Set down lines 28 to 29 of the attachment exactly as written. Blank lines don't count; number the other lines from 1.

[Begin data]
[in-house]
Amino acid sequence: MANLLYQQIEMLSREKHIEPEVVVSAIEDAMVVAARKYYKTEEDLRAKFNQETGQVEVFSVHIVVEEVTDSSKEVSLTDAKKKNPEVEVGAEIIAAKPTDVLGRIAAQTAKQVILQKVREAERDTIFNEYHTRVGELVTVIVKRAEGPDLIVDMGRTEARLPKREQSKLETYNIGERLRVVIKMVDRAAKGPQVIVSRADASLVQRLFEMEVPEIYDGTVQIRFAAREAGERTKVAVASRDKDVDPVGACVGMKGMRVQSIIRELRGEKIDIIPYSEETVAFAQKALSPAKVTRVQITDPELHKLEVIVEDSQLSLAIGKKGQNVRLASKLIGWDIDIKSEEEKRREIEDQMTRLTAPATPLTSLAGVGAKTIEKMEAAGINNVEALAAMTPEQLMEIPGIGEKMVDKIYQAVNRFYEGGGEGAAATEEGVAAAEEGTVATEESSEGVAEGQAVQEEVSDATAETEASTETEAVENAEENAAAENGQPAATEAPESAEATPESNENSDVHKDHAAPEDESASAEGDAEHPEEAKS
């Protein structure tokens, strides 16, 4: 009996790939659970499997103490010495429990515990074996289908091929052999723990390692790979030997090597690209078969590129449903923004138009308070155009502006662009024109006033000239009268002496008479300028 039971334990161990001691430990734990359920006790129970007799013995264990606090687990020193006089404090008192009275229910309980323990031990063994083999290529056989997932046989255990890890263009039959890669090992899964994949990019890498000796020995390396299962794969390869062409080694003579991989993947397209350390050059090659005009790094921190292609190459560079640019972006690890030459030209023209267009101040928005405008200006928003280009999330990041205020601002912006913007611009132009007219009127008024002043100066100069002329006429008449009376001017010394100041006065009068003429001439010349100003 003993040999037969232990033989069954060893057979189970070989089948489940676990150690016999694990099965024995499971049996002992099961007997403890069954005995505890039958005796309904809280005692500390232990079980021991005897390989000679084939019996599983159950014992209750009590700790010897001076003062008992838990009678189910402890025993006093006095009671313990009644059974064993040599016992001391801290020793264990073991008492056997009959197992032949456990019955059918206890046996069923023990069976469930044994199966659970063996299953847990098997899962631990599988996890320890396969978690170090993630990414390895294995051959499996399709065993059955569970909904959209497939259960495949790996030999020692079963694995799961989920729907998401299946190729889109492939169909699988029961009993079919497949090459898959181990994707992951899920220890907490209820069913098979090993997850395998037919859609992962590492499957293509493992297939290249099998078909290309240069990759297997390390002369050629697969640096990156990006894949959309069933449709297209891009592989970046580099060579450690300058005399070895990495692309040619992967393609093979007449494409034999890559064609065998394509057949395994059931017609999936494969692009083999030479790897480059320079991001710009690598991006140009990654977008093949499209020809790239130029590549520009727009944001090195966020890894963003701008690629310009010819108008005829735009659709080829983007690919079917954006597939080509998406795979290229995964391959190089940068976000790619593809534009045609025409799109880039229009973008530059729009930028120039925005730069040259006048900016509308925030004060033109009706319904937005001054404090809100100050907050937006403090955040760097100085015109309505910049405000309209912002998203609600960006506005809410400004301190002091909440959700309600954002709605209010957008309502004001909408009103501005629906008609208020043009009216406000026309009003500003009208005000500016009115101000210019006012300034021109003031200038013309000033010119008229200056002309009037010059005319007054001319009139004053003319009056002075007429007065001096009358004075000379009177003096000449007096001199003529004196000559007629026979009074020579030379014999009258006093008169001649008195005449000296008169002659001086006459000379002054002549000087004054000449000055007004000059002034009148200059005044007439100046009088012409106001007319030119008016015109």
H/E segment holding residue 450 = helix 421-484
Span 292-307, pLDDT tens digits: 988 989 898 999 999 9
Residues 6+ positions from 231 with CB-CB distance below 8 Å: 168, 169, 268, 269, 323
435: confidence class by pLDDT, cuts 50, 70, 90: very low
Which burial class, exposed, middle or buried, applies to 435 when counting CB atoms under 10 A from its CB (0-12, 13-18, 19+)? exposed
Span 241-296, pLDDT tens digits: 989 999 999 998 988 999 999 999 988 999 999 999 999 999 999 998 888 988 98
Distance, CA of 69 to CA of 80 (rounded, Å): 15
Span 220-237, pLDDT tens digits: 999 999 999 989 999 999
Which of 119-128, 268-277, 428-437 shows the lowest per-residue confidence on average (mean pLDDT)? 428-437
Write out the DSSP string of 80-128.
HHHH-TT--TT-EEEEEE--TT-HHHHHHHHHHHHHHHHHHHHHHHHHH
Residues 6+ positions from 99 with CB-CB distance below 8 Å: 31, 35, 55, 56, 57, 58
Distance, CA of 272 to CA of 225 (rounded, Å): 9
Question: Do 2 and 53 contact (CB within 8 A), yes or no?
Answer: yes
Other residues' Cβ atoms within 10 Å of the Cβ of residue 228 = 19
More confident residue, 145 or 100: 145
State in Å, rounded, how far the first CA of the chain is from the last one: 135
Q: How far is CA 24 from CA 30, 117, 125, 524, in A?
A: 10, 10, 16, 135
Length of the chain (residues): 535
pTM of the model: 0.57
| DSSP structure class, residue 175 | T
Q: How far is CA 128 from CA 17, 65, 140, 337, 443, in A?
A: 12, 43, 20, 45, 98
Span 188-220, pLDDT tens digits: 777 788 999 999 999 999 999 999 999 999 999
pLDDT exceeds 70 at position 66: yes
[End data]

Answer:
A: 12, 43, 20, 45, 98
Span 188-220, pLDDT tens digits: 777 788 999 999 999 999 999 999 999 999 999